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By Martha C. White
July 13, 2016
Bloomberg—Bloomberg via Getty Images

A startup app could make life easier for millions of shift workers with irregular schedules, if the coffee shops, retail stores and fast-food restaurants where many of these people are employed get on board.

Called Shyft, the app gives people who want to get rid of a shift and ones who are looking for extra hours a forum where they can make their schedules work for them. It’s quicker and easier than asking individual co-workers one at a time, and it can connect workers who might live in the same general area but work at different stores.

The other advantage is that workers who need a certain number of hours to qualify for benefits like healthcare or tuition assistance can use Shyft to find extra shifts — but that’s something that service-industry companies, some of which have been accused of juggling workers’ hours specifically to keep them under those thresholds, might not be thrilled about. The app does have a feature that lets a manager approve or turn down a shift switch, and it plans to add a feature that will let people post requests for additional hours, Bloomberg said.

Shyft claims a user base that includes 12,000 Starbucks workers in the U.S., more than 7,500 McDonald’s employees and more than 3,500 at Gap discount brand Old Navy, according to Bloomberg, which also said some employers are on board with the idea, so much so that they’re giving workers wide latitude to figure their hours out among themselves, saying, “Some managers are posting entire schedules on Shyft and letting workers chose the shifts that work best for them or lining up extra hands.”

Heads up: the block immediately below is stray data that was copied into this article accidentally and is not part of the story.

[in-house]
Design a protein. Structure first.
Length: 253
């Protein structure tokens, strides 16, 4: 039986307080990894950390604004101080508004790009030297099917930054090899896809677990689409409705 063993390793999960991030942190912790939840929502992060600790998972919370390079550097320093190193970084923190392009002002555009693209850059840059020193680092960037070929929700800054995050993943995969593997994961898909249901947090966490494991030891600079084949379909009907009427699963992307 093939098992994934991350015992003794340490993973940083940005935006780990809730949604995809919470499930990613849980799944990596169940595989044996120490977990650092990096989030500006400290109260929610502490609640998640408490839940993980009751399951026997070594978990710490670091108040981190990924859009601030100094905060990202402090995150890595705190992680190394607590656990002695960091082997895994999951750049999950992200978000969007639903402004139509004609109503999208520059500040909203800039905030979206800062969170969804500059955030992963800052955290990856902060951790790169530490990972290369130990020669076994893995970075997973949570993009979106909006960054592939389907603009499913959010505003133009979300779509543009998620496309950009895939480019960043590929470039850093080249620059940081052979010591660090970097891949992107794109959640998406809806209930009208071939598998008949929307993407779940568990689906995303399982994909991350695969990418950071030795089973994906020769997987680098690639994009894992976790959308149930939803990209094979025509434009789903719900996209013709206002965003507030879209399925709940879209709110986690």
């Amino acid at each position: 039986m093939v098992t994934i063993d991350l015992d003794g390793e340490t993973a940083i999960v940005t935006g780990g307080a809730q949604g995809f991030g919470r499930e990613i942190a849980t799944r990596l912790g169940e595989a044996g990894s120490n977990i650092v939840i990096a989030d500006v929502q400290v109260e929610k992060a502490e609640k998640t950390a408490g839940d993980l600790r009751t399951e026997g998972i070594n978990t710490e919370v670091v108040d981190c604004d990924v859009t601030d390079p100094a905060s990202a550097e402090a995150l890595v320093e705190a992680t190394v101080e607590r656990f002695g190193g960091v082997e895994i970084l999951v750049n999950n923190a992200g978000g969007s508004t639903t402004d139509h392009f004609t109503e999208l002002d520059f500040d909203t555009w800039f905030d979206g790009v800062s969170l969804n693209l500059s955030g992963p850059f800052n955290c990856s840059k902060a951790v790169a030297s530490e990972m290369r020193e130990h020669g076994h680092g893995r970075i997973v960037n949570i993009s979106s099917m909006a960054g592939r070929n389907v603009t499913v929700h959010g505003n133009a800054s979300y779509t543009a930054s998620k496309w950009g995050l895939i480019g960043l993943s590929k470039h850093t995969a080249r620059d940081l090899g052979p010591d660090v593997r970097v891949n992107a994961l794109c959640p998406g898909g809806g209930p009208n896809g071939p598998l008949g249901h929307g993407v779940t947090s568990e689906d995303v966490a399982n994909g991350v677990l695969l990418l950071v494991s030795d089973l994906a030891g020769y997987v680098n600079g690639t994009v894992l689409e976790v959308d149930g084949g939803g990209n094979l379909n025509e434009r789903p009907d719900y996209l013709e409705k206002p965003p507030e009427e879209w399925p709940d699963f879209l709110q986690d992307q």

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The purpose of this disclosure is to explain how we make money without charging you for our content.

Our mission is to help people at any stage of life make smart financial decisions through research, reporting, reviews, recommendations, and tools.

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Our content is free because our partners pay us a referral fee if you click on links or call any of the phone numbers on our site. If you choose to interact with the content on our site, we will likely receive compensation. If you don't, we will not be compensated. Ultimately the choice is yours.

Opinions are our own and our editors and staff writers are instructed to maintain editorial integrity, but compensation along with in-depth research will determine where, how, and in what order they appear on the page.

To find out more about our editorial process and how we make money, click here.

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